Friday, September 9, 2011

Missive from the Hinterlands: Another 'Burger Joint Opens in Little Rock, and We Go Wild

We're all aflutter in Small Stone (aka Little Rock) because--get this--a new hamburger joint has opened in town.  It doesn't take much to awe us in the sticks, and the latest culinary shock-and-awe trick in our neck of the woods is to open a new 'burger joint, proclaim that it's serving "slow," locally raised products and that its buns and fixings are "house-made," and the local food mavens go wild with praise.

A return to the roots of traditional Arkansas cuisine!  Buns baked in house!  Pickles pickled on site!  House-made ketchup!  Farm-raised beef, grass-fed cattle slaughtered as humanely as possible! 

It doesn't get better than that!  Cuisine can't get any hauter than the latest 'burger joint to come down the pike and proclaim itself slow and local--for us in Small Stone, at least.  

But here's the problem with all these claims.  These 'burger joints are almost all that's opening in our area these days, restaurantwise.  And so the shouts of praise with which our local food critics and the local media greet the opening of yet another of these places begin to sound very tinny to the ears of anyone who knows much at all about real local food, and who wants to see our authentic local food traditions strengthened and maintained.

The shouts of praise begin to sound like media whoring, in fact, rather than accuracy in reporting.  They suggest that our local food critics don't know the first thing about food or about traditional Arkansas cuisine, and that they'll gladly compromise their integrity and reveal their ignorance by selling themselves to the next new comer on the burgeoning 'burger market.  Just because.

Because these 'burger establishments are now just about the only game in town, and they're also money-making ventures.  Their formula--a fairly obvious one, and therefore one that you'd expect reporters interested in accuracy in reporting to pick up on--is to sell hugely over-priced 'burgers, while justifying the price of the over-priced sandwich by marketing it as slow, local, and organic.  And the 'burgers are always accompanied, in these new eating establishments, with a large range of beers and other alcoholic beverages, also at premium prices.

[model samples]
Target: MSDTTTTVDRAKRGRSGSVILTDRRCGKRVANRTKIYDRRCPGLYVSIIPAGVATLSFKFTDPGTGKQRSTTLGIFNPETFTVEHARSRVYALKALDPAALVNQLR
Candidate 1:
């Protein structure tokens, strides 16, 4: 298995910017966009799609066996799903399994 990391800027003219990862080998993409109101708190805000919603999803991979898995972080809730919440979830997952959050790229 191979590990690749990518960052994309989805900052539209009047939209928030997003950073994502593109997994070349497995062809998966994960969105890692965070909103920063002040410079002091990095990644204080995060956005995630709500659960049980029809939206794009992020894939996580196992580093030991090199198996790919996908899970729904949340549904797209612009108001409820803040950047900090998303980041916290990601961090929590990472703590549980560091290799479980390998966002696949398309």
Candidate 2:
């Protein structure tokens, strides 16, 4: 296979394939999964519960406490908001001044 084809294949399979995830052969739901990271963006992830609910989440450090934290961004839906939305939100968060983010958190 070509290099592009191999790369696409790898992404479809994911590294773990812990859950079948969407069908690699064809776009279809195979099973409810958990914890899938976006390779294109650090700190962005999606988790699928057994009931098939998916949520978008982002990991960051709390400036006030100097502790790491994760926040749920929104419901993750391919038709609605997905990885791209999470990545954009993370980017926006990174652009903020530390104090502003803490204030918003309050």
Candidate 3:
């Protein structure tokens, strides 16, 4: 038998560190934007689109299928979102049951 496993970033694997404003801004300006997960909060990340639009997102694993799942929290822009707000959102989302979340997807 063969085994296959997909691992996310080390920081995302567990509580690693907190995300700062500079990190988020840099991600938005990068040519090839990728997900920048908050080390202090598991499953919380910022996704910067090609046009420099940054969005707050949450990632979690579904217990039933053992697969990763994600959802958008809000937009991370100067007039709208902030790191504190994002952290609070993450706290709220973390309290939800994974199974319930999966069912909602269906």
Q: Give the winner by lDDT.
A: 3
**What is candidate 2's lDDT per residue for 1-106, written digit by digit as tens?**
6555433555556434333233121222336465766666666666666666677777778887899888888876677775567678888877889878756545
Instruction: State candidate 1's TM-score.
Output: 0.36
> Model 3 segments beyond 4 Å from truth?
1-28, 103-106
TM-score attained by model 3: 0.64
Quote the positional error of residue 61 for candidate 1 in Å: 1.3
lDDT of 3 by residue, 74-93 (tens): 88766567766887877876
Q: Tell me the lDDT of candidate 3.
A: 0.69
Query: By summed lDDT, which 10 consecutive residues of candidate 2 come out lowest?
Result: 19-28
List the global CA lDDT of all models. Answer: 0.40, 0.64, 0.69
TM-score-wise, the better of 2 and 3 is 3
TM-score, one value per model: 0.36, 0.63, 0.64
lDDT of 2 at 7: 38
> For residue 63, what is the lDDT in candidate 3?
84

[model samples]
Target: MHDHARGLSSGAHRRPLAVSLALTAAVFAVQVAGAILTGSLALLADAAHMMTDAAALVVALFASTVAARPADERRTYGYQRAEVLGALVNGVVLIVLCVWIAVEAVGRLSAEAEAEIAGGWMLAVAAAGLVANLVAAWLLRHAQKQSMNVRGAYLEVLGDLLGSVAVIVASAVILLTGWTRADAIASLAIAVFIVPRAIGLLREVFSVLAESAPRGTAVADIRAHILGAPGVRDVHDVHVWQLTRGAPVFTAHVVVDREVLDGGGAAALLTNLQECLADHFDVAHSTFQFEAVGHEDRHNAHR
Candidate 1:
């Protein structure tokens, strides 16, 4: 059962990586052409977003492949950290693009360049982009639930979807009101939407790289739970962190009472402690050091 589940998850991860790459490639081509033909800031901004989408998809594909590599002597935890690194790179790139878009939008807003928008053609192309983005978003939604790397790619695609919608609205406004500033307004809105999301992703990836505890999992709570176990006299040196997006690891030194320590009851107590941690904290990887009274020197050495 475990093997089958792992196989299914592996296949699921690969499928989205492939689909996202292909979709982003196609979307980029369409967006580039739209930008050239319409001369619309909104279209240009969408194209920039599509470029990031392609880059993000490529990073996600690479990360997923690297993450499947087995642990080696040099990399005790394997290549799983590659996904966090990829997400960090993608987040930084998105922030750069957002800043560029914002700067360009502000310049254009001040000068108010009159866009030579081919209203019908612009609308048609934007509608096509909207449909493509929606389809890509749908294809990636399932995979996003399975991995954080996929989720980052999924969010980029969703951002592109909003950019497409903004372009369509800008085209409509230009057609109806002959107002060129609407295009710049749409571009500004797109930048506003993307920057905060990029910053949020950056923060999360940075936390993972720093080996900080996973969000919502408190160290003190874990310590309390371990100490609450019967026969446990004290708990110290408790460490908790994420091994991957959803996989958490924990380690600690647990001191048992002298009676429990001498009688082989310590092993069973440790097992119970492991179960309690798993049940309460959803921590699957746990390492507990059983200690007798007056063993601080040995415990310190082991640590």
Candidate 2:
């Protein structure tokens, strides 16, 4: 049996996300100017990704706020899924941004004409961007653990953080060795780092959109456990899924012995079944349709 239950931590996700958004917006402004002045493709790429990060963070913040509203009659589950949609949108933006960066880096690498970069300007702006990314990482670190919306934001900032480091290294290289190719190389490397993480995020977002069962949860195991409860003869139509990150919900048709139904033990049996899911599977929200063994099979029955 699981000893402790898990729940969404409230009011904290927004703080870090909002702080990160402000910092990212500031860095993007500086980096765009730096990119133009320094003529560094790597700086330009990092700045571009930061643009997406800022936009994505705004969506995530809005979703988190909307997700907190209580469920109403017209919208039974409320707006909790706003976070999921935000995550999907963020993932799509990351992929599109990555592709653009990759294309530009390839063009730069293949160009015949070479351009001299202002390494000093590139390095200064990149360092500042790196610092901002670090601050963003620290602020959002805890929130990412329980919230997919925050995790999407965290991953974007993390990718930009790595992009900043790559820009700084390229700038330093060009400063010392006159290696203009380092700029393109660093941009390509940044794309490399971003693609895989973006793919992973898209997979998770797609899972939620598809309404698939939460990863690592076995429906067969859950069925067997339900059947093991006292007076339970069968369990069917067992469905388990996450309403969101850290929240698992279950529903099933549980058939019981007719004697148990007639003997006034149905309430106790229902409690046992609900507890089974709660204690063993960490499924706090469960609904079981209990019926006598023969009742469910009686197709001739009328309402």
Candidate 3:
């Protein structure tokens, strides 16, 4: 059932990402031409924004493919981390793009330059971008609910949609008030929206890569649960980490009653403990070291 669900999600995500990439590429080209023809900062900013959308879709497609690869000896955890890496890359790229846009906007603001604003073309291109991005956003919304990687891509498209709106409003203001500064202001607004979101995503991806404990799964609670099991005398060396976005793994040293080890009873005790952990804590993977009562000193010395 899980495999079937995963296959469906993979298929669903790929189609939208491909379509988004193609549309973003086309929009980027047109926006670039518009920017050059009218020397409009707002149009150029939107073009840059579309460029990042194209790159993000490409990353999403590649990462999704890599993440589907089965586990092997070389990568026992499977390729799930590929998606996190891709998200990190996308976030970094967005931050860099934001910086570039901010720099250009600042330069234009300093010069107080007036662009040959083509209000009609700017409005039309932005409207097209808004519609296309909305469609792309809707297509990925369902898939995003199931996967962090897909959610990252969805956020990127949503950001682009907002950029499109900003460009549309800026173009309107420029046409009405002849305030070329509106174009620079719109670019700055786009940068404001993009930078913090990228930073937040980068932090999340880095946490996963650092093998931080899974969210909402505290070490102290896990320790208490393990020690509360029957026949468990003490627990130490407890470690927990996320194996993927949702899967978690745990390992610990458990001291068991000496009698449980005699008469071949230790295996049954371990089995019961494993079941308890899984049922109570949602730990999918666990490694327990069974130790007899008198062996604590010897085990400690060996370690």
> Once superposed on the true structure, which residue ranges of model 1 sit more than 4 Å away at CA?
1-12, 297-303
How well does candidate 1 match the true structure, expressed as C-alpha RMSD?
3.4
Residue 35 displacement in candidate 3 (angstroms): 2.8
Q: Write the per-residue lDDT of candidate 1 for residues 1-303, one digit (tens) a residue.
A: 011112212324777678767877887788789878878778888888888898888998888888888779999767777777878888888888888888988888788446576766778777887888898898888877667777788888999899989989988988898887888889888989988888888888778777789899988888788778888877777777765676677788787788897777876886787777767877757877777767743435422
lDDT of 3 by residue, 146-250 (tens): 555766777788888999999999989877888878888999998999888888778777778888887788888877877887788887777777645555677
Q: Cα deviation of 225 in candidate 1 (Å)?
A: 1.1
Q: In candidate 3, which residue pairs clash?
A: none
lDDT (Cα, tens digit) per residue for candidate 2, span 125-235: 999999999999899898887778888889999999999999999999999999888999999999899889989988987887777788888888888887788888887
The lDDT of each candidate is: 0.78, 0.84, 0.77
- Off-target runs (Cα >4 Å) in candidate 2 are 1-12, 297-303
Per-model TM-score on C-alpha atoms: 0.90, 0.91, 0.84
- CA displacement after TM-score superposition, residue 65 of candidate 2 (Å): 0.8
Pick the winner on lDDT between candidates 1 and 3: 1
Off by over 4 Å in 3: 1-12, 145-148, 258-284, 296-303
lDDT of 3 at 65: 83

In other words, these 'burger places are typical beer-and-'burger joints hyping themselves as breakthroughs in the culinary world, as a return to local culinary roots--roots that in the case of Arkansas, have nothing at all to do with hamburgers.  Which didn't even appear on the American culinary scene anywhere at all in their current fast-food incarnation until the first half of the 20th century.

At which point, they became a money-making formula for large chains that have, in fact, obliterated the particularities of local cuisines all across the land, rather than saving and enhancing local cuisines, as the ill-informed food mavens shilling for the new 'burger establishments want to claim.  The 'burger chains that have cornered the fast-food market across the U.S. since the middle of the 20th century have substituted hamburgers and french fries for healthy, interesting cuisines that used to use local products and make dishes appealing to local taste throughout the U.S.

And they've done this for one reason alone: to profit themselves while purveying their betrayal of anything approximating real local food or real healthy food to folks throughout the U.S., and, more importantly, to the children of folks throughout the U.S.  Children who are then taught to see a meal that is not a meal and is the antithesis of healthy--a hamburger and french fries--as a proper and nourishing meal.  One to be eaten day after day, with seriously deleterious consequences to the health of children raised on these non-meal meals.